The government has been quick to introduce remedies in response to increases in drug abuse cases over the past 20 years, new research shows. But experts say it still lacks long-term plans to root out the problem.Tuesday, 26 June, 2012, 12:00am
Excessive internet use can be as damaging to a teenager's brain as cocaine or alcohol, a study by the Chinese Academy of Sciences concluded.
The findings caused an immediate stir around the world, with one British psychiatrist describing them as groundbreaking.13 Jan 2012 - 12:00am
Medical science makes giant strides
Recently our school organised a visit to the Museum of Medical Sciences in Mid-Levels. The school's Form Four students joined the trip.
I was impressed by the improvements in Hong Kong's medical services in recent years.16 Apr 2010 - 12:00am
Tough penalties and random tests have sent motorists a loud-and-clear message that drink-driving will not be tolerated. Horrendous accidents forced the change. Similar rethinking of the rules and laws are needed following a spate of arrests of drivers suspected of being under the influence of drugs.28 Jan 2010 - 12:00am
The city's psychiatrists have entered the debate about the voluntary drug-testing trial in Tai Po schools at the eleventh hour. It is a shame the Hong Kong College of Psychiatrists did not shake off the constraints of its official journal's publication deadlines and speak out earlier.11 Dec 2009 - 12:00am
The government's random school drug testing has generated much discussion on a multitude of legal, ethical, privacy and pupil-teacher/child-parent trust issues. I do not intend to repeat the arguments. Let us learn from other countries' experiences; there are basically two main streams of thought:18 Nov 2009 - 12:00am
A series of teenage drug abuse cases has stirred public debate about the issue. There is evidence that drug abuse is prevalent in some local schools. This is alarming news. The school-based drug-testing scheme may help combat this problem. But some people, including educators, are against such a move.25 Jul 2009 - 12:00am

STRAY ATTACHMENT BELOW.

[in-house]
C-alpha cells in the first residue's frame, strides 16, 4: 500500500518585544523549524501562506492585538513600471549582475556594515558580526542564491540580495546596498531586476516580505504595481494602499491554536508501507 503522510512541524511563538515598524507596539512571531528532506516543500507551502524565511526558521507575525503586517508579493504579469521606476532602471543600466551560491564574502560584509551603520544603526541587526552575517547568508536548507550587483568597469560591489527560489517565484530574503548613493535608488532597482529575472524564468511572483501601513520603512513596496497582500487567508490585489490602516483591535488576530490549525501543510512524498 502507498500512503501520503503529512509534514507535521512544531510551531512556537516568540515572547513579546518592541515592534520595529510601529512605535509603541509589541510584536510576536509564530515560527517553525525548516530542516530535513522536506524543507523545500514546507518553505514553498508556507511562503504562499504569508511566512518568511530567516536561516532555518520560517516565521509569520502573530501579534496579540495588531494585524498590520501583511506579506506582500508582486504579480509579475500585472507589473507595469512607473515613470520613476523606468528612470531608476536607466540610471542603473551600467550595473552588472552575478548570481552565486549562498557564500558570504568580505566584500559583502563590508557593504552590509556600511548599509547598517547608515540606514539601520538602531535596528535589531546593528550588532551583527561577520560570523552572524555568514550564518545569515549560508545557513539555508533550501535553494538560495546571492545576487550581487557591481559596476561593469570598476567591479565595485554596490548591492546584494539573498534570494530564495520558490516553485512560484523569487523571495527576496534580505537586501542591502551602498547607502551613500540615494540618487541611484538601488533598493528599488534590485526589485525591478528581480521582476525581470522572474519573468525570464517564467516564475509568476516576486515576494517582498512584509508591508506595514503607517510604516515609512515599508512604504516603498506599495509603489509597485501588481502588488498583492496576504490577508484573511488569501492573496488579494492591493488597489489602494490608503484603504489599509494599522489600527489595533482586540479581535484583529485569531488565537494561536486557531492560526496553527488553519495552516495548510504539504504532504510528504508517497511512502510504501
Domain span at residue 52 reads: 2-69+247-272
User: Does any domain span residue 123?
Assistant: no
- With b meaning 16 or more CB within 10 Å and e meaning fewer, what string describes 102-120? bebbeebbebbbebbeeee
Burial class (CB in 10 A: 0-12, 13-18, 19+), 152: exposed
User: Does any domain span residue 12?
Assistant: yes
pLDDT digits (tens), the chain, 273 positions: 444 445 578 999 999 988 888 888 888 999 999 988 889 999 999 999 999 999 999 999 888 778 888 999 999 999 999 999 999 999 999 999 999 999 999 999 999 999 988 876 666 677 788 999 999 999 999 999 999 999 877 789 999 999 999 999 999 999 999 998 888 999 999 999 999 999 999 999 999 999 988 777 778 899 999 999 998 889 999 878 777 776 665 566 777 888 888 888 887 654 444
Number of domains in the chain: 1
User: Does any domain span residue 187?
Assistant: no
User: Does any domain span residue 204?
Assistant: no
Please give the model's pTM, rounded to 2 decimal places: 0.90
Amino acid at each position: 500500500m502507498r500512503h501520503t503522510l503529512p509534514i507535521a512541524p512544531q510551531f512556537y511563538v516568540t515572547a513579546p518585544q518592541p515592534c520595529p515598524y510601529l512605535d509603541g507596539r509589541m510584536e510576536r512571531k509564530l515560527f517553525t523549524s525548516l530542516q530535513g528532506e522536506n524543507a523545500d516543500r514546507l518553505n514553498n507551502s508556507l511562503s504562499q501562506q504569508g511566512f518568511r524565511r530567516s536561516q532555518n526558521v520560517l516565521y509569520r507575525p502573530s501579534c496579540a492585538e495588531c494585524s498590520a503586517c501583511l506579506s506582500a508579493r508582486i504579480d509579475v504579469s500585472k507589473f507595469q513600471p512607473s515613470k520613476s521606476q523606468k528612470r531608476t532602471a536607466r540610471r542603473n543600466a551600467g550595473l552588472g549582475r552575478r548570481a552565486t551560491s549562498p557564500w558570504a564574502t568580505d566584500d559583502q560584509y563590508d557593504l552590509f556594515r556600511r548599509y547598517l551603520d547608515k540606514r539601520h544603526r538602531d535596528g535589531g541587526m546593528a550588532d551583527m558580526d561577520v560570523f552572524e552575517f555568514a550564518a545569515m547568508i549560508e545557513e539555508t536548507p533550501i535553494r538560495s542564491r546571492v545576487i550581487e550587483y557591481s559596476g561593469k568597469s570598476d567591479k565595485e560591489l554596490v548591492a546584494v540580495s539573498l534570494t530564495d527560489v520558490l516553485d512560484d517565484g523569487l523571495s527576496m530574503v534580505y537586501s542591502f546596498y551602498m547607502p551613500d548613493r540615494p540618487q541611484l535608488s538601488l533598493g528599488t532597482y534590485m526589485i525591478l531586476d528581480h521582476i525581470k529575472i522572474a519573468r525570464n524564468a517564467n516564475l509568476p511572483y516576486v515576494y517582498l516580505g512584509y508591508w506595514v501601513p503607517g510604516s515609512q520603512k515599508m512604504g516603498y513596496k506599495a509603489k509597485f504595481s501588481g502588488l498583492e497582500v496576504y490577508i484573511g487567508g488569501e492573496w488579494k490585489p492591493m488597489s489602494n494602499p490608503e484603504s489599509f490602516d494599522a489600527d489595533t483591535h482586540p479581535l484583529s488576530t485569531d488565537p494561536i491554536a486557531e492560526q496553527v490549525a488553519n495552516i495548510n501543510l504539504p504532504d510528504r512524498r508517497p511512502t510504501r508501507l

Teenage girls with drug problems must wait up to two months before they can be admitted to a treatment centre, as demand has soared.
Cherry Lee Wai-yee, deputy superintendent of the Sister Aquinas Memorial Women's Treatment Centre, said it was now handling 23 referrals, including 10 under the age of 18.14 Mar 2009 - 12:00am
Chief Executive Donald Tsang Yam-kuen has urged young drug addicts to read the Bible to find peace of mind and encouragement in the face of adversity.
Mr Tsang, a devoted Christian, wrote in his weblog of his experiences meeting a group of young drug abusers during a recent visit to a rehabilitation centre on Green Island, off the northwestern tip of Hong Kong Island.27 Dec 2008 - 12:00am
New drug abuse clinics are facing overwhelming demand as the number of young drug abusers continues to climb.
The Kowloon East Substance Abuse Clinic, which opened at United Christian Hospital in October to provide medical support for drug abusers, had been expected to treat 100 cases a year.20 Dec 2008 - 12:00am
Economic downturns lead to unemployment, which is closely tied to drug abuse. With the number of young people using illegal substances sharply rising in the first half of this year and anecdotally increasing as the financial crisis deepens, it is clear that present methods of fighting the scourge are insufficient.13 Nov 2008 - 12:00am
Christian Zheng Sheng College, Hong Kong's only secondary school with rehabilitation services for teenage drug abusers, is facing soaring demand for its services but has limited resources. There are not enough basic facilities, like toilets and beds.2 Aug 2008 - 12:00am
Penny Chan Yan-yan Sociologist
Macau's growing drug market is a two-way street, with local youth travelling north to chase the dragon and mainland druggies coming from all over China to party in the enclave.20 Jun 2008 - 12:00am
For years, the city's drug problem - measured in terms of the number of cases and abusers - has been in slow decline. Alarmingly, it has reversed course since last year. The change is being attributed to a significant rise in drug abuse among young people.28 Mar 2008 - 12:00am
Youngsters advised on what tactics to use if offered substances at school
'Stupid' and 'attention-seeking' were the terms used most often when four pupils described drug abusers in their international school.22 Nov 2007 - 12:00am